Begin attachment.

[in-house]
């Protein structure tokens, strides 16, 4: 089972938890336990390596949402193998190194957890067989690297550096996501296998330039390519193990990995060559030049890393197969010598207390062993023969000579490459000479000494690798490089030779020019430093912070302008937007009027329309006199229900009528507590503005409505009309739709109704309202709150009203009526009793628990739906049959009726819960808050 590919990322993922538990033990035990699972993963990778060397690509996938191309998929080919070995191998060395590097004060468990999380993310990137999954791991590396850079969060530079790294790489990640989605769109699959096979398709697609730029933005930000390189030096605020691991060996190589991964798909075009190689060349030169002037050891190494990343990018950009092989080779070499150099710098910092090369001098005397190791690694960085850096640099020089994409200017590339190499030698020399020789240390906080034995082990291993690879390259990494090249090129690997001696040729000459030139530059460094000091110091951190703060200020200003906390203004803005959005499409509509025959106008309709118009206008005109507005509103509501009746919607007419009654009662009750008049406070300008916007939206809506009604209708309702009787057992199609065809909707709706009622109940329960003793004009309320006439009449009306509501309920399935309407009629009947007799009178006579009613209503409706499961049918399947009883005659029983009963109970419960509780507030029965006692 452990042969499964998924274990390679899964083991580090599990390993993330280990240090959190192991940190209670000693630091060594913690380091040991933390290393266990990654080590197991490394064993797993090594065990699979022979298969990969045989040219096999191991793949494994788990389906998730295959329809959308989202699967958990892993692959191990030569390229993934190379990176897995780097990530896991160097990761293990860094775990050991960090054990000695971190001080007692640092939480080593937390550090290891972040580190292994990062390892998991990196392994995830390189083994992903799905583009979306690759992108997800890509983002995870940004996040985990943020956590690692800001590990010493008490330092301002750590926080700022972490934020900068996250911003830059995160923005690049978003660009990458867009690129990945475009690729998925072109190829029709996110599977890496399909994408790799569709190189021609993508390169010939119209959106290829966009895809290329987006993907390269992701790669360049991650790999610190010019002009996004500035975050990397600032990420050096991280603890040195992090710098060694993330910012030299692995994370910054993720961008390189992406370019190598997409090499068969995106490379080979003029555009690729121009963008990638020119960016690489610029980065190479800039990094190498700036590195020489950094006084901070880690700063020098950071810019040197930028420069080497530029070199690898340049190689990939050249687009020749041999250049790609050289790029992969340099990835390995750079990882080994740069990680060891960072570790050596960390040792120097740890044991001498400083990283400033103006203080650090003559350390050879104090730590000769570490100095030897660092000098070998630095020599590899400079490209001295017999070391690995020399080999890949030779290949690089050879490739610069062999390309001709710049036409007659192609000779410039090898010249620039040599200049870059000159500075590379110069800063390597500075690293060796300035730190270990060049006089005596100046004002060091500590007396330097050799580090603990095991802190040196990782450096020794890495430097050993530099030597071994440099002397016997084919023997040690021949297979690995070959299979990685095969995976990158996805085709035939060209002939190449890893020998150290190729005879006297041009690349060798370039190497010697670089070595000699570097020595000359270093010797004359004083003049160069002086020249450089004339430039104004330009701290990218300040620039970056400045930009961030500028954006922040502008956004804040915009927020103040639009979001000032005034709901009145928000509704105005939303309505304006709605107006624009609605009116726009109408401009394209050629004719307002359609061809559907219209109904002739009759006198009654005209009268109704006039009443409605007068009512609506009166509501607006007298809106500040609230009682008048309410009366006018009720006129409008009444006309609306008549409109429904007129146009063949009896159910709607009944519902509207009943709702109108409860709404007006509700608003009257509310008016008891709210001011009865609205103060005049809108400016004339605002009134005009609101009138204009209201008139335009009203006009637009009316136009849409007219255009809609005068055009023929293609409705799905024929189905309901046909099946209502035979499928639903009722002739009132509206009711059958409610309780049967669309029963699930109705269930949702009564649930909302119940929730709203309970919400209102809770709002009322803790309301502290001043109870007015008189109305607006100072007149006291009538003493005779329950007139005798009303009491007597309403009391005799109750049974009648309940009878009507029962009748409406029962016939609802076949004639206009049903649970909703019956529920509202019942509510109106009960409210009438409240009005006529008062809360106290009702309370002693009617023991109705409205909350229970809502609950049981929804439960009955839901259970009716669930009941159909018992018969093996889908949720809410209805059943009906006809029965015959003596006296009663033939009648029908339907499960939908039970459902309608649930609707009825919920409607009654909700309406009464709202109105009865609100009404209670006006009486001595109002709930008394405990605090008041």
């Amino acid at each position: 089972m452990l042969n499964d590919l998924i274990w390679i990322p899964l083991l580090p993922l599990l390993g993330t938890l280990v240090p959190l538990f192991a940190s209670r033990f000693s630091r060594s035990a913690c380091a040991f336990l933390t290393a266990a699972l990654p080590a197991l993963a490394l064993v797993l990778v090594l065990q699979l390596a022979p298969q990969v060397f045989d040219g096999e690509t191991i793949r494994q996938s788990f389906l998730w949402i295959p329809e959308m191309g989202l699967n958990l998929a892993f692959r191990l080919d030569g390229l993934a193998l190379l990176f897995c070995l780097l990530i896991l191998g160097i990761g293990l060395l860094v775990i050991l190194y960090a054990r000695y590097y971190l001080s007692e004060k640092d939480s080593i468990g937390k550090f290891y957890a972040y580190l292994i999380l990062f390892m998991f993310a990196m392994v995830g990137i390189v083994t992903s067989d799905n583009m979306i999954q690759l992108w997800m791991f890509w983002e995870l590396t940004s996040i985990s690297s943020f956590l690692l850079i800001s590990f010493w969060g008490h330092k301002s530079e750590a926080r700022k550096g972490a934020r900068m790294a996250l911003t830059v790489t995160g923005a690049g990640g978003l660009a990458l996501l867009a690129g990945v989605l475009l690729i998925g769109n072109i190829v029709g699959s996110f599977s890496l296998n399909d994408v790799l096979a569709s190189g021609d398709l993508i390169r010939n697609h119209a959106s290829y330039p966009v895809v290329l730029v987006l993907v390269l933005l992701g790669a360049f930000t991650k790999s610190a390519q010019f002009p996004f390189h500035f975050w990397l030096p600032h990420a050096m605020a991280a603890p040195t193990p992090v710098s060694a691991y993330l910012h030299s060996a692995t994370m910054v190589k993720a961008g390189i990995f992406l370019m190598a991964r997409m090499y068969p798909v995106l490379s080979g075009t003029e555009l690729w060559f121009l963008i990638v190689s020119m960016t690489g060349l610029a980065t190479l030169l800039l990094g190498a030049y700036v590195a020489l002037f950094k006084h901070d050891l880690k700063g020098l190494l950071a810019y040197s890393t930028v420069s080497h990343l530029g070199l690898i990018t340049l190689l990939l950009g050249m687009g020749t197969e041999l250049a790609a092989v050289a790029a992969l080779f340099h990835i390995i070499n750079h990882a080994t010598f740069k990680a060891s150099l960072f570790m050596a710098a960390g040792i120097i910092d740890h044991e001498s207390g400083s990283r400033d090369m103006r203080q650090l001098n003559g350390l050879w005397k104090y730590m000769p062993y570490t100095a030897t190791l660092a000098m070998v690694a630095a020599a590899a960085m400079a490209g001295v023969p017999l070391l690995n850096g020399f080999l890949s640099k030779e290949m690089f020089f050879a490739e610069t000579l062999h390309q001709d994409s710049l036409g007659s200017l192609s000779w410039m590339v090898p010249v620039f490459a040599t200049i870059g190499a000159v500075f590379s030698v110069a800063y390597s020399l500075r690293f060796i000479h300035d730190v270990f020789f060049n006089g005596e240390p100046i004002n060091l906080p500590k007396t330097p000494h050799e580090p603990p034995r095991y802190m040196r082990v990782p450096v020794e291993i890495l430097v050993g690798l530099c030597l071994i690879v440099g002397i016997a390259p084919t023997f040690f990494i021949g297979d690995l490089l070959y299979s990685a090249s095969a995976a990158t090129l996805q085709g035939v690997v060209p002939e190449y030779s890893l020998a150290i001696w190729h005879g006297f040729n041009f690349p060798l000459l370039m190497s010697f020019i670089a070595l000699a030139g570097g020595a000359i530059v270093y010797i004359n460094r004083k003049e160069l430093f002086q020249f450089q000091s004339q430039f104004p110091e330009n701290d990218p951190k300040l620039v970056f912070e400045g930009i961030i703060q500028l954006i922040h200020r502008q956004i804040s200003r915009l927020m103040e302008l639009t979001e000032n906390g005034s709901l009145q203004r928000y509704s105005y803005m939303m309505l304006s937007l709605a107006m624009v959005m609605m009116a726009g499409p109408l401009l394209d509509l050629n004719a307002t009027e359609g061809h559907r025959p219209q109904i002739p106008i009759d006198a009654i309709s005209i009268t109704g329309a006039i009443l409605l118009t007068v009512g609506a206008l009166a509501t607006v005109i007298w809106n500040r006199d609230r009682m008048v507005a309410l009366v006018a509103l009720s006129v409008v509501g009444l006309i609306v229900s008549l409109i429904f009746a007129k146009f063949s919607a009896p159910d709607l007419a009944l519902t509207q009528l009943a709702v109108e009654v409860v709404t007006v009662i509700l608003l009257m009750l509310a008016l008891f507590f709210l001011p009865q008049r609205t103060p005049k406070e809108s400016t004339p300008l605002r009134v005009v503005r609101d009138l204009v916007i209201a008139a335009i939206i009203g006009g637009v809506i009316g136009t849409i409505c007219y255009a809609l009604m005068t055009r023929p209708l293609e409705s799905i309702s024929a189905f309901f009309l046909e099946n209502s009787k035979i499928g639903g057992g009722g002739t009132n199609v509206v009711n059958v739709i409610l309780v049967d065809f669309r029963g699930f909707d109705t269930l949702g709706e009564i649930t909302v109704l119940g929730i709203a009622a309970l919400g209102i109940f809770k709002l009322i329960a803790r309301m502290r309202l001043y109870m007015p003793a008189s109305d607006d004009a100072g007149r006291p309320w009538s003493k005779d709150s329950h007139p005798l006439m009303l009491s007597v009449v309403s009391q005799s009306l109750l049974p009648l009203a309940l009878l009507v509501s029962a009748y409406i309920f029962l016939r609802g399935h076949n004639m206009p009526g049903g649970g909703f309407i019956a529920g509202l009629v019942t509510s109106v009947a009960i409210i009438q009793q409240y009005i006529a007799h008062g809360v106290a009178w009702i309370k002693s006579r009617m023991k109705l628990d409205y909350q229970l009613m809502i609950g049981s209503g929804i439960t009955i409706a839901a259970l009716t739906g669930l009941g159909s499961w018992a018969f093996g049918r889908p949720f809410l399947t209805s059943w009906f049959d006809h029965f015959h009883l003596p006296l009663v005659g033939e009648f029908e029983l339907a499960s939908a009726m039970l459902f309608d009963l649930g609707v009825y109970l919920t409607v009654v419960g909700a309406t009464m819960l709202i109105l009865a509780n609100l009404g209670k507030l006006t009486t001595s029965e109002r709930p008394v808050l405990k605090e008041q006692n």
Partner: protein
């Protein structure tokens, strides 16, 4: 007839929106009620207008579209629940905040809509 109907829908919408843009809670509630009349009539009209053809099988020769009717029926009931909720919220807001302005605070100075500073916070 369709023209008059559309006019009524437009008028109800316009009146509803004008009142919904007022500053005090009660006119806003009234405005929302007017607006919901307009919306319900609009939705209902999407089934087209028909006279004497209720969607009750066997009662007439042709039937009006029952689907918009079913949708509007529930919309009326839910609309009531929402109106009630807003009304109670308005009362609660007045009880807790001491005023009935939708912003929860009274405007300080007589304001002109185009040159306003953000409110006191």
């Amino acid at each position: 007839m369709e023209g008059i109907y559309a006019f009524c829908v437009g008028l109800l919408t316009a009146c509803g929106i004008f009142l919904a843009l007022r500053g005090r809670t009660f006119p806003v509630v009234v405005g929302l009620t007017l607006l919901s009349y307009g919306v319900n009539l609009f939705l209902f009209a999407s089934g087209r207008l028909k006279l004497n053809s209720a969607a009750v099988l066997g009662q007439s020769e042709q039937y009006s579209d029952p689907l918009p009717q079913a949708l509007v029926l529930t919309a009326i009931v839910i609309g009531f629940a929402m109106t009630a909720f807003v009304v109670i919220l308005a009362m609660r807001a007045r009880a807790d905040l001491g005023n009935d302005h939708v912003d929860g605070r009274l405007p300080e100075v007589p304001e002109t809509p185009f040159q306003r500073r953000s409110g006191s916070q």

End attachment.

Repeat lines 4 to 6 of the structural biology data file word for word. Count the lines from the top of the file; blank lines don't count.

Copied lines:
Partner: protein
């Protein structure tokens, strides 16, 4: 007839929106009620207008579209629940905040809509 109907829908919408843009809670509630009349009539009209053809099988020769009717029926009931909720919220807001302005605070100075500073916070 369709023209008059559309006019009524437009008028109800316009009146509803004008009142919904007022500053005090009660006119806003009234405005929302007017607006919901307009919306319900609009939705209902999407089934087209028909006279004497209720969607009750066997009662007439042709039937009006029952689907918009079913949708509007529930919309009326839910609309009531929402109106009630807003009304109670308005009362609660007045009880807790001491005023009935939708912003929860009274405007300080007589304001002109185009040159306003953000409110006191």
């Amino acid at each position: 007839m369709e023209g008059i109907y559309a006019f009524c829908v437009g008028l109800l919408t316009a009146c509803g929106i004008f009142l919904a843009l007022r500053g005090r809670t009660f006119p806003v509630v009234v405005g929302l009620t007017l607006l919901s009349y307009g919306v319900n009539l609009f939705l209902f009209a999407s089934g087209r207008l028909k006279l004497n053809s209720a969607a009750v099988l066997g009662q007439s020769e042709q039937y009006s579209d029952p689907l918009p009717q079913a949708l509007v029926l529930t919309a009326i009931v839910i609309g009531f629940a929402m109106t009630a909720f807003v009304v109670i919220l308005a009362m609660r807001a007045r009880a807790d905040l001491g005023n009935d302005h939708v912003d929860g605070r009274l405007p300080e100075v007589p304001e002109t809509p185009f040159q306003r500073r953000s409110g006191s916070q």